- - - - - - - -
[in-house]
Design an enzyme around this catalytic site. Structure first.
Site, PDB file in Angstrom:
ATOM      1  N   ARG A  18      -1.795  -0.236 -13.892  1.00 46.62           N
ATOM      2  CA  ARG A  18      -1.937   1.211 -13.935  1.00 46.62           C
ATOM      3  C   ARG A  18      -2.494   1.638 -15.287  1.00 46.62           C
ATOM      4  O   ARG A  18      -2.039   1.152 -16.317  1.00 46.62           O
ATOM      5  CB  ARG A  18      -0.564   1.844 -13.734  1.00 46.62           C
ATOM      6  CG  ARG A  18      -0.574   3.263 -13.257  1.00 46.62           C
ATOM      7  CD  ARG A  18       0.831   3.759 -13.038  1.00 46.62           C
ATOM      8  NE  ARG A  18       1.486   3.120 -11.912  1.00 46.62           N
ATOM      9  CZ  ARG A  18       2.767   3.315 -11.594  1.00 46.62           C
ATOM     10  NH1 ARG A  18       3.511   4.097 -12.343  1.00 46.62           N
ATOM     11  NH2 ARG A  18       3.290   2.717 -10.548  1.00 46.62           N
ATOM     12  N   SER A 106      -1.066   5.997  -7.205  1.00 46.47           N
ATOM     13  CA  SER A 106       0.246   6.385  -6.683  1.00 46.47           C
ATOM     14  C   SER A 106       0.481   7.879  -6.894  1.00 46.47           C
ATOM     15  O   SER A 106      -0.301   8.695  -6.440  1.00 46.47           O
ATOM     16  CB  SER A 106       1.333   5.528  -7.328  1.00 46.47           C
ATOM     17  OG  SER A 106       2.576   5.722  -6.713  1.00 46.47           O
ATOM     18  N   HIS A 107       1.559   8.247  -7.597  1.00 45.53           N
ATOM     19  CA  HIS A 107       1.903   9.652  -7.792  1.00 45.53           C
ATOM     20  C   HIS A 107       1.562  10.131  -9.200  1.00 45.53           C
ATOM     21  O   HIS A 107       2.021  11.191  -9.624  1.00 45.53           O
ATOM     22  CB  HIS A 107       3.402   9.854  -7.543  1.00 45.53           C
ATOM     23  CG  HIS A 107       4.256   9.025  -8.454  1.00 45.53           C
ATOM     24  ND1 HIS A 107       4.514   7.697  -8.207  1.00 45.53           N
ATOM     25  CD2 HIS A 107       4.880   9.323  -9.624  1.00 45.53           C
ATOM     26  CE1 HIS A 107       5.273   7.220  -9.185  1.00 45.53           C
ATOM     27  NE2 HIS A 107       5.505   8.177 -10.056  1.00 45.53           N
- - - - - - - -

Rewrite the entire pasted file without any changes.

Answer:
[in-house]
Design an enzyme around this catalytic site. Structure first.
Site, PDB file in Angstrom:
ATOM      1  N   ARG A  18      -1.795  -0.236 -13.892  1.00 46.62           N
ATOM      2  CA  ARG A  18      -1.937   1.211 -13.935  1.00 46.62           C
ATOM      3  C   ARG A  18      -2.494   1.638 -15.287  1.00 46.62           C
ATOM      4  O   ARG A  18      -2.039   1.152 -16.317  1.00 46.62           O
ATOM      5  CB  ARG A  18      -0.564   1.844 -13.734  1.00 46.62           C
ATOM      6  CG  ARG A  18      -0.574   3.263 -13.257  1.00 46.62           C
ATOM      7  CD  ARG A  18       0.831   3.759 -13.038  1.00 46.62           C
ATOM      8  NE  ARG A  18       1.486   3.120 -11.912  1.00 46.62           N
ATOM      9  CZ  ARG A  18       2.767   3.315 -11.594  1.00 46.62           C
ATOM     10  NH1 ARG A  18       3.511   4.097 -12.343  1.00 46.62           N
ATOM     11  NH2 ARG A  18       3.290   2.717 -10.548  1.00 46.62           N
ATOM     12  N   SER A 106      -1.066   5.997  -7.205  1.00 46.47           N
ATOM     13  CA  SER A 106       0.246   6.385  -6.683  1.00 46.47           C
ATOM     14  C   SER A 106       0.481   7.879  -6.894  1.00 46.47           C
ATOM     15  O   SER A 106      -0.301   8.695  -6.440  1.00 46.47           O
ATOM     16  CB  SER A 106       1.333   5.528  -7.328  1.00 46.47           C
ATOM     17  OG  SER A 106       2.576   5.722  -6.713  1.00 46.47           O
ATOM     18  N   HIS A 107       1.559   8.247  -7.597  1.00 45.53           N
ATOM     19  CA  HIS A 107       1.903   9.652  -7.792  1.00 45.53           C
ATOM     20  C   HIS A 107       1.562  10.131  -9.200  1.00 45.53           C
ATOM     21  O   HIS A 107       2.021  11.191  -9.624  1.00 45.53           O
ATOM     22  CB  HIS A 107       3.402   9.854  -7.543  1.00 45.53           C
ATOM     23  CG  HIS A 107       4.256   9.025  -8.454  1.00 45.53           C
ATOM     24  ND1 HIS A 107       4.514   7.697  -8.207  1.00 45.53           N
ATOM     25  CD2 HIS A 107       4.880   9.323  -9.624  1.00 45.53           C
ATOM     26  CE1 HIS A 107       5.273   7.220  -9.185  1.00 45.53           C
ATOM     27  NE2 HIS A 107       5.505   8.177 -10.056  1.00 45.53           N